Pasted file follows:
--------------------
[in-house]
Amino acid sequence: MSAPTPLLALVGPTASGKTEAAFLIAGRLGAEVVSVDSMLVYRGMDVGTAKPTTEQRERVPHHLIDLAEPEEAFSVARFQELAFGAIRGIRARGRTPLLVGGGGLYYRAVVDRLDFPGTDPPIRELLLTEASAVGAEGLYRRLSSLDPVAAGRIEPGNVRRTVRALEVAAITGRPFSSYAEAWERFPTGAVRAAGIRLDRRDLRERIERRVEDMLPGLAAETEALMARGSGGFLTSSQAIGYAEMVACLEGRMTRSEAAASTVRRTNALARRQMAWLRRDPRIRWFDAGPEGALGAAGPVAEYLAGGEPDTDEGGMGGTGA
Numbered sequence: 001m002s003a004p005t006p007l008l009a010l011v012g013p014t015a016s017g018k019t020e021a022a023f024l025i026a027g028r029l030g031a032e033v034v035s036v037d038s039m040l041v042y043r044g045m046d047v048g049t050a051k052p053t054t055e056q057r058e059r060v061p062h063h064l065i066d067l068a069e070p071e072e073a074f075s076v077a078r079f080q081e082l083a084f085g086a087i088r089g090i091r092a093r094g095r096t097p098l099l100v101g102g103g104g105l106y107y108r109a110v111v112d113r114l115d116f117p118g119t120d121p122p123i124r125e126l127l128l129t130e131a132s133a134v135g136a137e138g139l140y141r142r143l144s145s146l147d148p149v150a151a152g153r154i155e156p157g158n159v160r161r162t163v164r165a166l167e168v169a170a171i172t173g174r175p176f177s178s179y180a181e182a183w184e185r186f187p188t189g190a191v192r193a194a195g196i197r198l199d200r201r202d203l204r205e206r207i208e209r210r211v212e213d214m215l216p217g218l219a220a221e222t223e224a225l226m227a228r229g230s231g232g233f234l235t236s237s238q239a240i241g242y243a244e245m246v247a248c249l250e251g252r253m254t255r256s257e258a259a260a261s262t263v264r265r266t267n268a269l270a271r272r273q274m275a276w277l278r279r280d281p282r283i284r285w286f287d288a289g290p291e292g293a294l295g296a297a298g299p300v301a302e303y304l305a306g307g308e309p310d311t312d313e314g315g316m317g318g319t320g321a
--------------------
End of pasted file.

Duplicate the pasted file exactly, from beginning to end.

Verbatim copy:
[in-house]
Amino acid sequence: MSAPTPLLALVGPTASGKTEAAFLIAGRLGAEVVSVDSMLVYRGMDVGTAKPTTEQRERVPHHLIDLAEPEEAFSVARFQELAFGAIRGIRARGRTPLLVGGGGLYYRAVVDRLDFPGTDPPIRELLLTEASAVGAEGLYRRLSSLDPVAAGRIEPGNVRRTVRALEVAAITGRPFSSYAEAWERFPTGAVRAAGIRLDRRDLRERIERRVEDMLPGLAAETEALMARGSGGFLTSSQAIGYAEMVACLEGRMTRSEAAASTVRRTNALARRQMAWLRRDPRIRWFDAGPEGALGAAGPVAEYLAGGEPDTDEGGMGGTGA
Numbered sequence: 001m002s003a004p005t006p007l008l009a010l011v012g013p014t015a016s017g018k019t020e021a022a023f024l025i026a027g028r029l030g031a032e033v034v035s036v037d038s039m040l041v042y043r044g045m046d047v048g049t050a051k052p053t054t055e056q057r058e059r060v061p062h063h064l065i066d067l068a069e070p071e072e073a074f075s076v077a078r079f080q081e082l083a084f085g086a087i088r089g090i091r092a093r094g095r096t097p098l099l100v101g102g103g104g105l106y107y108r109a110v111v112d113r114l115d116f117p118g119t120d121p122p123i124r125e126l127l128l129t130e131a132s133a134v135g136a137e138g139l140y141r142r143l144s145s146l147d148p149v150a151a152g153r154i155e156p157g158n159v160r161r162t163v164r165a166l167e168v169a170a171i172t173g174r175p176f177s178s179y180a181e182a183w184e185r186f187p188t189g190a191v192r193a194a195g196i197r198l199d200r201r202d203l204r205e206r207i208e209r210r211v212e213d214m215l216p217g218l219a220a221e222t223e224a225l226m227a228r229g230s231g232g233f234l235t236s237s238q239a240i241g242y243a244e245m246v247a248c249l250e251g252r253m254t255r256s257e258a259a260a261s262t263v264r265r266t267n268a269l270a271r272r273q274m275a276w277l278r279r280d281p282r283i284r285w286f287d288a289g290p291e292g293a294l295g296a297a298g299p300v301a302e303y304l305a306g307g308e309p310d311t312d313e314g315g316m317g318g319t320g321a